On-Board Diagnostics: Deciphering the Check Engine Light

The OBD-II will save you money and help you understand what's wrong with your car.
By DriverSide Staff
Cars rely on computers to help determine fuel delivery, ignition timing and other key functions. The Engine Control Unit (ECU) -- that’s the computer that tells the engine what to do -- uses sensors throughout the vehicle to keep a watchful eye on the health of the car. When a bad signal or code is sent to the computer it will let you know by illuminating the panic-inducing check engine light. This is where the OBD II comes in.

An OBD-II (On-Board Diagnostics) reader is an engine code reader that can talk to the ECU to determine the cause of an illuminated check engine light. Think of it as a translator for your engine's language. The tool is a valuable resource for the at-home mechanic as it reveals whether a car’s problem is something you can fix yourself or one which will require a trip to the shop.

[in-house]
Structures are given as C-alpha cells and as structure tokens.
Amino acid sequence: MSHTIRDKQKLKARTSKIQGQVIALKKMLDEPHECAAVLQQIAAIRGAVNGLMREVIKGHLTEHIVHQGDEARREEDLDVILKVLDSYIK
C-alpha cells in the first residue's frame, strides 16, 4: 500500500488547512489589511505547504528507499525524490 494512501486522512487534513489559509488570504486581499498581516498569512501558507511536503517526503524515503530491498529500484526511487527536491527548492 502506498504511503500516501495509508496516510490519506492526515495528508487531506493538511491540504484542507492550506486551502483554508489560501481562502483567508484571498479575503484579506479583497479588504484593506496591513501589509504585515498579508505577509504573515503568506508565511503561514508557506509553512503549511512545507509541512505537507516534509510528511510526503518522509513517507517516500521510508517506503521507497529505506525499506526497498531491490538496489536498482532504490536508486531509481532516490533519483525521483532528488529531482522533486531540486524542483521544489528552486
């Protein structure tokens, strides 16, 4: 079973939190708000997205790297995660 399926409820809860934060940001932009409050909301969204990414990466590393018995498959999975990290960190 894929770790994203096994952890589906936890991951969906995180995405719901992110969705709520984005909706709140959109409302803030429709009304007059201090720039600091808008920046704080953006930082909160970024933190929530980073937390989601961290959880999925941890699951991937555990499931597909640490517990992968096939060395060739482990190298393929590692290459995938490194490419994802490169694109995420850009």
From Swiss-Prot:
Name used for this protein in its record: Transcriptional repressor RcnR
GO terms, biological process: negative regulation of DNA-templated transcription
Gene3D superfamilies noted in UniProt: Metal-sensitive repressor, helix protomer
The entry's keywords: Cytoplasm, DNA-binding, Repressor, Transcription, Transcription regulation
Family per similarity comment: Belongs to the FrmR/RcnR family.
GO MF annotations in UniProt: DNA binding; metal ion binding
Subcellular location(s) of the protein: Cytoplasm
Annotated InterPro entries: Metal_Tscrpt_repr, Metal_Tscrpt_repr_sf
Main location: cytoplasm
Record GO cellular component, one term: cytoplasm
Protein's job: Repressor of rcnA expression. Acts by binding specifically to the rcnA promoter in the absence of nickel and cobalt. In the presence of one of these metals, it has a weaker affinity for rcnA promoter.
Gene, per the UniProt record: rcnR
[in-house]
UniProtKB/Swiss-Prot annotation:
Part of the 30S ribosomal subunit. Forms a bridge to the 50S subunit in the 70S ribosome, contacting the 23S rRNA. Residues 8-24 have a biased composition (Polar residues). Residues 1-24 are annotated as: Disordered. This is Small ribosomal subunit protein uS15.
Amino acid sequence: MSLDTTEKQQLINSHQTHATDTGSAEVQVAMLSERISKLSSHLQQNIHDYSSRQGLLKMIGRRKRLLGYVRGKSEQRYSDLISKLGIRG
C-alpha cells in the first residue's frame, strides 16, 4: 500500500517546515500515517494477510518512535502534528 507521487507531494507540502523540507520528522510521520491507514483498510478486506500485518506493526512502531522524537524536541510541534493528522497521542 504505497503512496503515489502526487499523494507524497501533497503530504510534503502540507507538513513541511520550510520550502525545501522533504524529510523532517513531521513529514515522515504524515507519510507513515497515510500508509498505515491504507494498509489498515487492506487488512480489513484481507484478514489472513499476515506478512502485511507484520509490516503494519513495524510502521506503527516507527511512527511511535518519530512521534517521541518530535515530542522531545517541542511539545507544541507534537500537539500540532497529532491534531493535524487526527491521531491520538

At $100 a pop, buying one of these only makes sense if you’re convinced you can save money in the long run. Those with older or modified cars will benefit from having an OBD-II in the garage, but unless you’re a die-hard DIYer, owners with time left on their warranties have no reason to shell out for the tool. 



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